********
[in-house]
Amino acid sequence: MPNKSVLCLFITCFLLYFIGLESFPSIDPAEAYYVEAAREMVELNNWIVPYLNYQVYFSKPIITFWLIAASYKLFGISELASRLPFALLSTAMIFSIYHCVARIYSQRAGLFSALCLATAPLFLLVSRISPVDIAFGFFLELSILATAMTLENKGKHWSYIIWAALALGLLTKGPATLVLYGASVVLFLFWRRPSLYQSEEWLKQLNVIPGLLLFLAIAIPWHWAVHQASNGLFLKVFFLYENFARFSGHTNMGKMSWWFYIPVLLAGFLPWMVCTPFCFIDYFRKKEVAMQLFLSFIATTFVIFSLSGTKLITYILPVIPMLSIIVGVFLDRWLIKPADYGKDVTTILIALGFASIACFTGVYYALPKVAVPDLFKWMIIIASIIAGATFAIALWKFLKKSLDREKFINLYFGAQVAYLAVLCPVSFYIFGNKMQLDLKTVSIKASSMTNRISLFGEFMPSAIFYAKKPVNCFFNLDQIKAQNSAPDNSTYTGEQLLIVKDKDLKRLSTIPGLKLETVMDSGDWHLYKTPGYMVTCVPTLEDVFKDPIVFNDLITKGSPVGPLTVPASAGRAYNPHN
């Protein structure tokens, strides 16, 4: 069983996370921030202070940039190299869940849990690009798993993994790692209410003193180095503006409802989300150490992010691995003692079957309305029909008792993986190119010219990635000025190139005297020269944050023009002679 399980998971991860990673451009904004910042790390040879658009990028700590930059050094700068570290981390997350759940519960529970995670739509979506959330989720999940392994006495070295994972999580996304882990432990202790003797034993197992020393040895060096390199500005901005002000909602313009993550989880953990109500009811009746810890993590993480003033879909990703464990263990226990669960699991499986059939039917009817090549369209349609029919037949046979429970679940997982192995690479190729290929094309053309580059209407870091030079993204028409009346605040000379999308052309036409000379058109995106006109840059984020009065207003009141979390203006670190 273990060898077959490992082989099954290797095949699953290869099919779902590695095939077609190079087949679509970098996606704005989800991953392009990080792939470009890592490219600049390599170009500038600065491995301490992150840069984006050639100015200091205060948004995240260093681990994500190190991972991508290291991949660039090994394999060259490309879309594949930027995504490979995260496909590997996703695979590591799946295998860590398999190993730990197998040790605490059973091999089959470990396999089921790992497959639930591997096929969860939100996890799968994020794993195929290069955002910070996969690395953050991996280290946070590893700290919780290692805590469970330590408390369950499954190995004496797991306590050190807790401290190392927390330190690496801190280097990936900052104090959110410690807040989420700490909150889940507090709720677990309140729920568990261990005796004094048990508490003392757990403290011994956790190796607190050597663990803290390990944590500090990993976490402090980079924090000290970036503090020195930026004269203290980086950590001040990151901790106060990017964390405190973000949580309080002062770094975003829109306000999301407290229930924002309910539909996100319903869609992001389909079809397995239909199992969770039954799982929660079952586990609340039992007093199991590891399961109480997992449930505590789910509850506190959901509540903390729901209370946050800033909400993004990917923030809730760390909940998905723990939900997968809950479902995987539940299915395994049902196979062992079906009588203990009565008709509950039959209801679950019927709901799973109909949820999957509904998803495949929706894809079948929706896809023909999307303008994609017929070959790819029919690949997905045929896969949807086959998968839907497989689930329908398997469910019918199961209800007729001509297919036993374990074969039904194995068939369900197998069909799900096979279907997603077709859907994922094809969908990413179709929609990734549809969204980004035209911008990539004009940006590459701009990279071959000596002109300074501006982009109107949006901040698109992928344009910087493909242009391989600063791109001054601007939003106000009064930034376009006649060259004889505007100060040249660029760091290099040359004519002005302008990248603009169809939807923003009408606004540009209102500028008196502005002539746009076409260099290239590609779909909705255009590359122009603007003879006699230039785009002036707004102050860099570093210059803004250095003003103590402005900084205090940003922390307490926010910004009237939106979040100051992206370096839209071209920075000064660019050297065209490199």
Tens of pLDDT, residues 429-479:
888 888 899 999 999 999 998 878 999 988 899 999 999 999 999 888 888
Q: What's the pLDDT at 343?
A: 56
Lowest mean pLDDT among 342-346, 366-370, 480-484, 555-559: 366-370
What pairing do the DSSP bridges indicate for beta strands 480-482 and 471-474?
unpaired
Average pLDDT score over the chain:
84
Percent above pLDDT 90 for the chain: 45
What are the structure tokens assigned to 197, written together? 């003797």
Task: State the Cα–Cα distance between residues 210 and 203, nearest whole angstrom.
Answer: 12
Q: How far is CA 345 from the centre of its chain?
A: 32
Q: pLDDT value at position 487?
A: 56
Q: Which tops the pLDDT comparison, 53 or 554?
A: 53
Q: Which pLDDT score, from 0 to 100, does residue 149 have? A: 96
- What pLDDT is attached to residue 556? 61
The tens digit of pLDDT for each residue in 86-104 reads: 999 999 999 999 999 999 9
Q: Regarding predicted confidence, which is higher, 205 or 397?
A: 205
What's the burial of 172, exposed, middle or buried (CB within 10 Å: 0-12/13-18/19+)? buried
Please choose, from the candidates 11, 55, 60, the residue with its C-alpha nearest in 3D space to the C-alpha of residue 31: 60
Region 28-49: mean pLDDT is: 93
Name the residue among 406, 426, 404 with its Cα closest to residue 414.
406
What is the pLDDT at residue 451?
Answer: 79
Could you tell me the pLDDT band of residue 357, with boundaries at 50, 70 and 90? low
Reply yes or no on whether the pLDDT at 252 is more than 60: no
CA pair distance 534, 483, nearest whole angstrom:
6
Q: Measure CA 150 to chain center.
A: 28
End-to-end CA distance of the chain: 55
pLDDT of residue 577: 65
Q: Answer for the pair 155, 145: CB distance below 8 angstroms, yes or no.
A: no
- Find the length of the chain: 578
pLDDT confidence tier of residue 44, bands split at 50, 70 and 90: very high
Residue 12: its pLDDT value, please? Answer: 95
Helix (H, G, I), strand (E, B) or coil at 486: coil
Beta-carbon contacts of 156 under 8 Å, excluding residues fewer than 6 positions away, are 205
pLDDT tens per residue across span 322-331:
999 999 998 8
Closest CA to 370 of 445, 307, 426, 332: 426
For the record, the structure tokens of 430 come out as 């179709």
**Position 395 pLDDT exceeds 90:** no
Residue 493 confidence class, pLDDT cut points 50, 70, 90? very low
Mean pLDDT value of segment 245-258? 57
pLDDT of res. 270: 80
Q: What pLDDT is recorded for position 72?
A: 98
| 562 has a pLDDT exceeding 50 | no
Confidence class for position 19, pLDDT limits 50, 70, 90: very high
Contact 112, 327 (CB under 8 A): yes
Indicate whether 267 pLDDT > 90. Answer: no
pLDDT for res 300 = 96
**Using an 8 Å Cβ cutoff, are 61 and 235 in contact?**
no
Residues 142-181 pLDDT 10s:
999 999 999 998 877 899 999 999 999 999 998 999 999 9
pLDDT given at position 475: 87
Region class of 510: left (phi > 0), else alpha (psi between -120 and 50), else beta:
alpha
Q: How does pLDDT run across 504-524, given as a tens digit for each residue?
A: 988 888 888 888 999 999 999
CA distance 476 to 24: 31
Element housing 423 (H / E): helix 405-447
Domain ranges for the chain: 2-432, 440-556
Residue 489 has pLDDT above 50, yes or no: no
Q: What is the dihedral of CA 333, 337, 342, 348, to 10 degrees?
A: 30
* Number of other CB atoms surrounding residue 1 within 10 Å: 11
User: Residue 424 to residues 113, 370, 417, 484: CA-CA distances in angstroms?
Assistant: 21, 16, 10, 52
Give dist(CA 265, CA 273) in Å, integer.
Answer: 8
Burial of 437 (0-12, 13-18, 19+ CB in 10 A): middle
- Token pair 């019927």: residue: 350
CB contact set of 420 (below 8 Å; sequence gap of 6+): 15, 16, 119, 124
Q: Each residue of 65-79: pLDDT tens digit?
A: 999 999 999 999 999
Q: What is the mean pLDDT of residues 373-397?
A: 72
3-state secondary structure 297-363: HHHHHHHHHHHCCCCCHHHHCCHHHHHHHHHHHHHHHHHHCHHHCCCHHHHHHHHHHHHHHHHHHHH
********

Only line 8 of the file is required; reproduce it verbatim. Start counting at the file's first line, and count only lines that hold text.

Lowest mean pLDDT among 342-346, 366-370, 480-484, 555-559: 366-370